Back to fields
After the global meltdown and good rain this year, it's back to the fields in hundreds of villages in Bundelkhand region. A cluster of 15 semi-arid districts spread across S UP and N MP, the region had been reeling under drought for over 4 yrs, reports Chetan Chauhan.india Updated: Dec 26, 2008 00:11 IST
After the global meltdown and good rain this year, it's back to the fields in hundreds of villages in Bundelkhand region.
A cluster of 15 semi-arid districts spread across southern Uttar Pradesh and northern Madhya Pradesh, the region had been reeling under drought for over four years.
"A large number of people left the region because of the drought and landed in cities as eco-refugees. But, some are now coming back -agriculture appears to be a viable option with recession adversely affecting wages in the cities," said Dr Ashok Khosla, chairman of Development Alternatives, an NGO working in 220 villages of the region.
Cattle had to be sold off and in some cases, even wives were up for sale, said Alok Shukla, an official at Tikamgarh development office. Farmers mortgaged land, and some simply chose to end life.
Many of those who stayed back, just about managed to live. "For months, I survived on animal fodder after I sold off my cattle," said Ram Charan, a landless labourer in Mador village on the Uttar Pradesh-Madhya Pradesh border near Jhansi.
Water was precious and reason for maximum number of criminal cases in Madhya Pradesh's Tikamgarh and Chhattarpur districts, said Shukla.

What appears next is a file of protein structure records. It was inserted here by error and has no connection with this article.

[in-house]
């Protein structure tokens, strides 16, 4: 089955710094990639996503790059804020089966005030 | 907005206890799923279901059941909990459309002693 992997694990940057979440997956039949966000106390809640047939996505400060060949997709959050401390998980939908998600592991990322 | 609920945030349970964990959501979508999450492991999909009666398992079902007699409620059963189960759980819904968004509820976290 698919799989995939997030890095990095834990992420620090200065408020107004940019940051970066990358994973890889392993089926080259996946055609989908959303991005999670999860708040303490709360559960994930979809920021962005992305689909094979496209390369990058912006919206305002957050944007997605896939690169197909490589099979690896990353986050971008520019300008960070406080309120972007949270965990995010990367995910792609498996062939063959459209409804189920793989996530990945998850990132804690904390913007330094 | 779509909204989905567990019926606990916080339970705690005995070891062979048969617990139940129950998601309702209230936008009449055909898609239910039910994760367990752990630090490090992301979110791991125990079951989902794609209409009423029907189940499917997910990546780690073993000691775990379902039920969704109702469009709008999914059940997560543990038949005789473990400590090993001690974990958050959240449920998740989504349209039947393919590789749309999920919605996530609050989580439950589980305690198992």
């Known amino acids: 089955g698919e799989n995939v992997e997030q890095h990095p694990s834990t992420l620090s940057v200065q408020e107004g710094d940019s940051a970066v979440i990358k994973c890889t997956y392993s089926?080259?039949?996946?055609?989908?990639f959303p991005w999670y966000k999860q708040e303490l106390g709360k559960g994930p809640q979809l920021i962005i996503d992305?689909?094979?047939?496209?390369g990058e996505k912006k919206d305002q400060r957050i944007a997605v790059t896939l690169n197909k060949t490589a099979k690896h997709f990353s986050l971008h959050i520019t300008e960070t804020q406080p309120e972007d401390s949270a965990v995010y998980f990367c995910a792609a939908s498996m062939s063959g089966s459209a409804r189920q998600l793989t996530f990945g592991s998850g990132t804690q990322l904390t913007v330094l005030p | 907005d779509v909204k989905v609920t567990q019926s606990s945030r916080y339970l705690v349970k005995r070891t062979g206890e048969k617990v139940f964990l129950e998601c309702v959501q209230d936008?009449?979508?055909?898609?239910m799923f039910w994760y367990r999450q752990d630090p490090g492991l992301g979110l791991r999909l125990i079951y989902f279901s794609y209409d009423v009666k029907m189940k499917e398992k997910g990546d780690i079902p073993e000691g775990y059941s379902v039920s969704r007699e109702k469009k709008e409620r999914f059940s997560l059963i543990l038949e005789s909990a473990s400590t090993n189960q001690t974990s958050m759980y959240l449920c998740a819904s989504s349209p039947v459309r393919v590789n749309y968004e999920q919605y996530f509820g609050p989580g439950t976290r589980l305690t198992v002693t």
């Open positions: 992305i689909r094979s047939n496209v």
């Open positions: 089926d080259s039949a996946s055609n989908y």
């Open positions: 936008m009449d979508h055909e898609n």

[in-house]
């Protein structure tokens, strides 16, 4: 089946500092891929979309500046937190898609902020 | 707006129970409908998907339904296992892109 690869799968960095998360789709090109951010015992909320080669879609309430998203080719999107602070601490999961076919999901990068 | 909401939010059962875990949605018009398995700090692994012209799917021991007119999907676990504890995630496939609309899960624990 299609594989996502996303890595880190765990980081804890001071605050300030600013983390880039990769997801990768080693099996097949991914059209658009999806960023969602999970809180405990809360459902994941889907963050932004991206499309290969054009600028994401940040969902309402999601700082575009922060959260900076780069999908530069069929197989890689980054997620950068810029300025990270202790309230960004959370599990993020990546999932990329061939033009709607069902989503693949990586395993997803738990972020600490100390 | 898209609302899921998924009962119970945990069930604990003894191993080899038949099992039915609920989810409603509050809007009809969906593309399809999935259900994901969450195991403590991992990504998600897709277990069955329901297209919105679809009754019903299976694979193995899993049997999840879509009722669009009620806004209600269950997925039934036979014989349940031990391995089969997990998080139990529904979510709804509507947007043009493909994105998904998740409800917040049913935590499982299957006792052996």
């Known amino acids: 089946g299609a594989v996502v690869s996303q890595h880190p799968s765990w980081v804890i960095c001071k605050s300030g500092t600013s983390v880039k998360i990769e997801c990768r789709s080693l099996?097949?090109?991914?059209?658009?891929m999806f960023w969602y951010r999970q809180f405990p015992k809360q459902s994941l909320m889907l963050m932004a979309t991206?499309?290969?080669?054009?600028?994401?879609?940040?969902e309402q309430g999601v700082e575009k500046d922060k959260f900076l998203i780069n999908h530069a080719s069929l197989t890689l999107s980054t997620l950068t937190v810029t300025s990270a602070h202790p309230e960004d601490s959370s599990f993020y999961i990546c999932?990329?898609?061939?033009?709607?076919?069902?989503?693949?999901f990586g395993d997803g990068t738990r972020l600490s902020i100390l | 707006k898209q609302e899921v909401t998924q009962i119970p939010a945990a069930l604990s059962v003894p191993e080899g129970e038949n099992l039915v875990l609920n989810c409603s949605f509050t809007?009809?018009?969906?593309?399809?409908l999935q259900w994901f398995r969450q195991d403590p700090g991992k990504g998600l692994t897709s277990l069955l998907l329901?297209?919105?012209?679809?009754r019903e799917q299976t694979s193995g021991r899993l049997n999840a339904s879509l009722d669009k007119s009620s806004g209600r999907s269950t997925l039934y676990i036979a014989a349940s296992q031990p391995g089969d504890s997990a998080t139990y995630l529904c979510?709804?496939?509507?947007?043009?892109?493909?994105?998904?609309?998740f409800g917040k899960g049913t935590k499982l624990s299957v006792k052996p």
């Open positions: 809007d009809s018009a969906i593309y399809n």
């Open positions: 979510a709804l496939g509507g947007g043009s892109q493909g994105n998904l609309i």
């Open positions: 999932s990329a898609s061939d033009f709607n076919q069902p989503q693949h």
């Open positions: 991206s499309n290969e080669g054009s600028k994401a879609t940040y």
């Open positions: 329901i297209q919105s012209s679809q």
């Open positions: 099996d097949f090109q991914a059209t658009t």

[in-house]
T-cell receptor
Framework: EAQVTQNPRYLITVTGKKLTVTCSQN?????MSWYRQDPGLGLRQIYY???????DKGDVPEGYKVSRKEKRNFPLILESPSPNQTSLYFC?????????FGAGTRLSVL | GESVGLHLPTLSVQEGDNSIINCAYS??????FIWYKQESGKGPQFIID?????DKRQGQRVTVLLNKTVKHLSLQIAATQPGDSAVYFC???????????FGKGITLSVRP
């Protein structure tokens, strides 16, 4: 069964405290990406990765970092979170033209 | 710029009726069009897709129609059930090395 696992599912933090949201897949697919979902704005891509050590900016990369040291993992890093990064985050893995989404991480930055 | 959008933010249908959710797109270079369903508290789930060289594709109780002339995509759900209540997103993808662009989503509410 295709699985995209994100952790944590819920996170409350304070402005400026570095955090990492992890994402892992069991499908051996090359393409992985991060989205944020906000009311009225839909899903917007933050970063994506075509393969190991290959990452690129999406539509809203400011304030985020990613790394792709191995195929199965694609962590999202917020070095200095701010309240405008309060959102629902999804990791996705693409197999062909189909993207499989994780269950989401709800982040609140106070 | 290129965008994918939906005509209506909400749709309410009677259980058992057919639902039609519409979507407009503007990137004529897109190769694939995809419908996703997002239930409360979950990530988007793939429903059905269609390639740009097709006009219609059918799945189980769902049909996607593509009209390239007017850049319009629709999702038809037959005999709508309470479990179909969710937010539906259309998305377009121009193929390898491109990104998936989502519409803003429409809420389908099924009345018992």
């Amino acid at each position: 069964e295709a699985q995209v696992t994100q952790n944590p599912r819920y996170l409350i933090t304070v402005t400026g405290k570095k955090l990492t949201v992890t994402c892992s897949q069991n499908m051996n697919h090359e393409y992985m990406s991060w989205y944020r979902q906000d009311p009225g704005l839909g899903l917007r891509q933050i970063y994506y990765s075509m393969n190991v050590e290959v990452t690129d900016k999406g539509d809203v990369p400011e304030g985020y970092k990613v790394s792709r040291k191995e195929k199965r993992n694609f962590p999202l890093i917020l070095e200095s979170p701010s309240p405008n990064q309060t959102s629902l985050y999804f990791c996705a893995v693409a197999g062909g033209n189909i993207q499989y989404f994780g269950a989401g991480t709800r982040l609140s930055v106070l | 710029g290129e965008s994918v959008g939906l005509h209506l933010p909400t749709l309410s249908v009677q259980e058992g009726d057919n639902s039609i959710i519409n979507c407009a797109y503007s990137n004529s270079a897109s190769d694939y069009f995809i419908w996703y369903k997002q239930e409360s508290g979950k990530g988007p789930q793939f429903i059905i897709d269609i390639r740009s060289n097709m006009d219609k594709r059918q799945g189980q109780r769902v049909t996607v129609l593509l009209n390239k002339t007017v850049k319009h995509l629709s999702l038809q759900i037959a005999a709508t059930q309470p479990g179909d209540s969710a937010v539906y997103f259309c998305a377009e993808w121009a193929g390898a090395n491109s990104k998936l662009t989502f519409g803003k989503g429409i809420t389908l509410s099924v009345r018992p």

In the middle of this year, India began to feel the Wall Street tremors. Bala Saur, 40, had left Biharipura in Tikamgarh for Delhi three years ago to work as a construction worker. "We used to get Rs 70 per day, but then the contractor reduced it to Rs 50 and even that was not paid on time." Saur returned home to farm.
Like him, many villagers have been toiling the fields for two months now. They expect to make Rs 50,000 from a two-acre plot - double the amount they would have earned in Delhi, Indore or Mumbai in a year.
Most of the "eco-refugees" who have returned are above 35. The younger lot has decided to stay back. "They like the easy life in Delhi and Mumbai and don't want to toil in the fields," said Dalu Sour of Biharipura. His five grandsons work in Delhi.
Women had their reasons as well. Cities were too cramped for their liking.
"We lived in a very small jhuggi and wages were also was going," said Durga Devi, who returned to Kadi village in Panna district with her husband and three children.
Reverse migration was on and fewer people had left this year, said Tikamgarh district development collector KP Rahi, but added that the challenge would be to keep them back once the crop season was over.
It can be done, by introducing drought-resistant varieties and ensuing maximum returns to farmers, said Alok Prahbat Nag of Development Alternatives.
In Majra village of Tikamgarh, farmers, helped by Development Alternatives counsellors, grow three crops a year, including cash crops like ginger and papaya. The government is giving money to farmers for water-harvesting and improving farm techniques. "What I earn from an acre now used to be my income from three acres," said a farmer, Sanjay Singh.